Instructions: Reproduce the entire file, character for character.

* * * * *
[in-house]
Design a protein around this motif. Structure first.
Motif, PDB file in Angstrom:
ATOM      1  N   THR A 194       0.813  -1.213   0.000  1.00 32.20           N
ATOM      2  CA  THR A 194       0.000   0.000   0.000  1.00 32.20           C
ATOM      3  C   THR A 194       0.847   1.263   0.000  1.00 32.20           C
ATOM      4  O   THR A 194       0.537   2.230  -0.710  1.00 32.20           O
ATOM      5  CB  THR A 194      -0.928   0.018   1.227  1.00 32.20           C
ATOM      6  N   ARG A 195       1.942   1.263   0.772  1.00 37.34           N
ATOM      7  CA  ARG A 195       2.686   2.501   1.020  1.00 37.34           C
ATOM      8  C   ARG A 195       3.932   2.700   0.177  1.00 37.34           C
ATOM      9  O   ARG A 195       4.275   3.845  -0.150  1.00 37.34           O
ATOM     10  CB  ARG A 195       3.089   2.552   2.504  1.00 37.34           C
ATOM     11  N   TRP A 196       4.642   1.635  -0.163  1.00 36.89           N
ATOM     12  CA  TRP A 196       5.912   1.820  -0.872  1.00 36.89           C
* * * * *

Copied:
[in-house]
Design a protein around this motif. Structure first.
Motif, PDB file in Angstrom:
ATOM      1  N   THR A 194       0.813  -1.213   0.000  1.00 32.20           N
ATOM      2  CA  THR A 194       0.000   0.000   0.000  1.00 32.20           C
ATOM      3  C   THR A 194       0.847   1.263   0.000  1.00 32.20           C
ATOM      4  O   THR A 194       0.537   2.230  -0.710  1.00 32.20           O
ATOM      5  CB  THR A 194      -0.928   0.018   1.227  1.00 32.20           C
ATOM      6  N   ARG A 195       1.942   1.263   0.772  1.00 37.34           N
ATOM      7  CA  ARG A 195       2.686   2.501   1.020  1.00 37.34           C
ATOM      8  C   ARG A 195       3.932   2.700   0.177  1.00 37.34           C
ATOM      9  O   ARG A 195       4.275   3.845  -0.150  1.00 37.34           O
ATOM     10  CB  ARG A 195       3.089   2.552   2.504  1.00 37.34           C
ATOM     11  N   TRP A 196       4.642   1.635  -0.163  1.00 36.89           N
ATOM     12  CA  TRP A 196       5.912   1.820  -0.872  1.00 36.89           C